Furnaces and other heating systems, while using basic combustion or refrigeration (heat pumps) technology, do rely on a number of complex components. If the heat suddenly goes out, or the system is heating at some level but just not adequately or consistently, the culprit could be anything from blocked vents or a clogged filter to a busted blower motor or compressor, among many other potential causes. Unless you can fix it yourself, you’ll need to call someone you trust for the heater repair.
Troubleshooting and Furnace Repair
Before paying an HVAC contractor for your heating system repair, check a few things to make sure the problem isn’t an issue that you can fix yourself. Consider the following:
- If the furnace or heat pump has stopped working completely, make sure a circuit breaker hasn’t tripped. If it has, turn the switch totally off then flip it into the same position as the other switches. You should know immediately whether this addresses the issue. If that’s not the problem, look at the thermostat – is it set to “heat” and is the setting below the temperature in the room? Has an on-off switch inadvertently been turned off?
- If the furnace repair issue involves insufficient heating in one or more rooms, check to make sure the air filter isn’t clogged. Check that nothing is blocking heating registers throughout your home. It’s not uncommon for throw rugs, furniture or drapes in the home to block registers. Have you noticed signs that your ductwork is dirty or clogged (dust devils blowing out of vents, visible mold, signs of insects or rodents)? Or perhaps some of the duct sections aren’t tightly connected?
- The issue could be something blocking the furnace’s air intake or exhaust PVC pipes. It’s not unusual for fall leaves or snow to block these pipes, which can result in the furnace switching off. When it’s the exhaust pipes that are blocked, this can be a safety hazard as well. Get in the habit of inspecting the outside area where these pipes protrude and clearing them of items when necessary. It’s common for this to happen underneath porches or patios – out of sight, out of mind.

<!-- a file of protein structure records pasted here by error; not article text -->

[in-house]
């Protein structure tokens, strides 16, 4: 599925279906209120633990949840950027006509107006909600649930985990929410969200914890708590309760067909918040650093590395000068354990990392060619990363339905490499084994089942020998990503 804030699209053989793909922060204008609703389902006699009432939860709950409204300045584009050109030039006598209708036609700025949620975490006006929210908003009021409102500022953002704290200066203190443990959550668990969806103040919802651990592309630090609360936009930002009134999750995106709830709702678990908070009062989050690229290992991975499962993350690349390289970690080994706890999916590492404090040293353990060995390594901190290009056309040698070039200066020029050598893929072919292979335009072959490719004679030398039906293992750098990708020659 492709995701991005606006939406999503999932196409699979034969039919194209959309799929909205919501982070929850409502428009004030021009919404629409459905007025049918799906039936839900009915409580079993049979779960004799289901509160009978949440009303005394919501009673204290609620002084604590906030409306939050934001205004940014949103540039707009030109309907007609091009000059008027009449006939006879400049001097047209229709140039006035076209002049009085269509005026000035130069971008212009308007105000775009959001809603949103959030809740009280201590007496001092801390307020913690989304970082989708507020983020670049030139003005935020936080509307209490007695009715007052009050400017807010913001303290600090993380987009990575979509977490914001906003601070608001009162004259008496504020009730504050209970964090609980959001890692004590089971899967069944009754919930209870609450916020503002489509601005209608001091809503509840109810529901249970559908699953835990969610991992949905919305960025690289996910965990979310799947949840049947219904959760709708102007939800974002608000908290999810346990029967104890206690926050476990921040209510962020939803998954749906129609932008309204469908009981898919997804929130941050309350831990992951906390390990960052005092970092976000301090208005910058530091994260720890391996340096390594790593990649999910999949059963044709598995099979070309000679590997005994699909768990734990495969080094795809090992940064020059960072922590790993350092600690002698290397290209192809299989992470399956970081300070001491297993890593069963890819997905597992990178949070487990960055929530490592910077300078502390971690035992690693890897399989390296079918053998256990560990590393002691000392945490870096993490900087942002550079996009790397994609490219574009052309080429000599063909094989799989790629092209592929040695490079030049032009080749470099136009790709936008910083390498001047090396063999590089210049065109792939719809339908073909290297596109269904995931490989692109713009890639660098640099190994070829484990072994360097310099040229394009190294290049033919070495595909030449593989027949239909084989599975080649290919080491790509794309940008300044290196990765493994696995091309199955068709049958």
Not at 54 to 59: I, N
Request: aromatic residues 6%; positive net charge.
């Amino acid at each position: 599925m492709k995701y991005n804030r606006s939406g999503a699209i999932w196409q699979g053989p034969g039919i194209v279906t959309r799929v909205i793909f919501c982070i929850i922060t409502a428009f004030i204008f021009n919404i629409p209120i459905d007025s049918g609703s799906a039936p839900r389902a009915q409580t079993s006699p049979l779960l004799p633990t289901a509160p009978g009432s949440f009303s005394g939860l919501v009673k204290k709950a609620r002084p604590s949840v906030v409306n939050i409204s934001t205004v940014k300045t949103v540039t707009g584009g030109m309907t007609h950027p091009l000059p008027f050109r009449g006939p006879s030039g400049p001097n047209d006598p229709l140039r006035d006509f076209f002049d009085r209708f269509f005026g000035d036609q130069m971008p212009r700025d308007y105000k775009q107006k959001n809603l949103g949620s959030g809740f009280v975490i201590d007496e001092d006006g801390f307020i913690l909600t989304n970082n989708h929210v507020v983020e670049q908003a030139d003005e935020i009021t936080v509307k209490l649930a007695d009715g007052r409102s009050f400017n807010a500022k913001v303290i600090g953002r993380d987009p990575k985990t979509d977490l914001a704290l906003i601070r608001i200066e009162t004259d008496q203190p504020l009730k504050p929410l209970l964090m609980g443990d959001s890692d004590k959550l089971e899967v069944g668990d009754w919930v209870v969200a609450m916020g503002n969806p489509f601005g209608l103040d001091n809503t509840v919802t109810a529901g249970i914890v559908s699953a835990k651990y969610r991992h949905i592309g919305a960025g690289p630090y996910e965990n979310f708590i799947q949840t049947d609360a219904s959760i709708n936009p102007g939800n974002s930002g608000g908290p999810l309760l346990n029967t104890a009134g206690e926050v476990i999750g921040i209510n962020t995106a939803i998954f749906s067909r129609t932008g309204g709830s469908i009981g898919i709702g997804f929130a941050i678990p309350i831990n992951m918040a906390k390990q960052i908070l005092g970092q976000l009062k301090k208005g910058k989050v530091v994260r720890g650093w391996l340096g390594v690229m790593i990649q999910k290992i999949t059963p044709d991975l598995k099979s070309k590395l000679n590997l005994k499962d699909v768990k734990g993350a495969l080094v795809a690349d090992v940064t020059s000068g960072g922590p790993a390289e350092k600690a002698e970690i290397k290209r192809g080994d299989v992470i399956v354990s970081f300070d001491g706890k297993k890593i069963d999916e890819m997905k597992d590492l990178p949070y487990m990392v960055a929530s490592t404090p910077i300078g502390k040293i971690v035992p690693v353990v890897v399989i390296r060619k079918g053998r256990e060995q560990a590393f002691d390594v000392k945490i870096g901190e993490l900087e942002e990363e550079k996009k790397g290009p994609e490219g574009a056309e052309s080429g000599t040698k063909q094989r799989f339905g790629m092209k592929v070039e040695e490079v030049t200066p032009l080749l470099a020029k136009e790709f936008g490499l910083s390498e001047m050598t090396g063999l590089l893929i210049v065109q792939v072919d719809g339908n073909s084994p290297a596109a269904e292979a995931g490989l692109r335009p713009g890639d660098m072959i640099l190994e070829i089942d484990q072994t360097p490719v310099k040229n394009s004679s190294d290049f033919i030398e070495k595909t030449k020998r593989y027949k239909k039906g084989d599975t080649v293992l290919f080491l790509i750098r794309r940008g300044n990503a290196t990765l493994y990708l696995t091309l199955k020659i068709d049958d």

- If you have a longstanding problem with unbalanced heating or cooling, from one part or level of the house to another, the issue could be that you’re expecting too much from a single thermostat. In many larger or multi-level homes served by a single thermostat, some parts of the house, such as a finished basement or loft bedrooms, will be difficult to keep comfortable based on whatever the thermostat setting is on the main floor. In that case, you should consider installing a zoning system, as an alternative to using space heaters or room ACs. In a zoning system, different parts of the home that share building or climate characteristics have their own thermostat, with independent temperature control.
If Troubleshooting Doesn’t Fix the Furnace…
Please call us at Jansen Heating and Cooling. We’ll send a technician to your home. They’ll discuss details of the problem with you and inspect your heating system. They may scope out the problem right away, or else perform diagnostic tests until they find out what’s wrong. Then they’ll explain the problem completely and understandably, provide a quote (with Jansen’s 100 percent Upfront Pricing Guarantee), and once you’ve given the go-ahead, complete the repair promptly and reliably.
If the furnace problem is major, the technician will provide an estimate on the heating repair, along with information on estimated completion time and other important details. If you have an older system that is nearing the end of its service life, the technician will be happy to discuss a system upgrade. If a heater repair is necessary, with Jansen, you’ll get competitive pricing with a quality, lasting fix. All of these assurances apply the same way for a broken AC.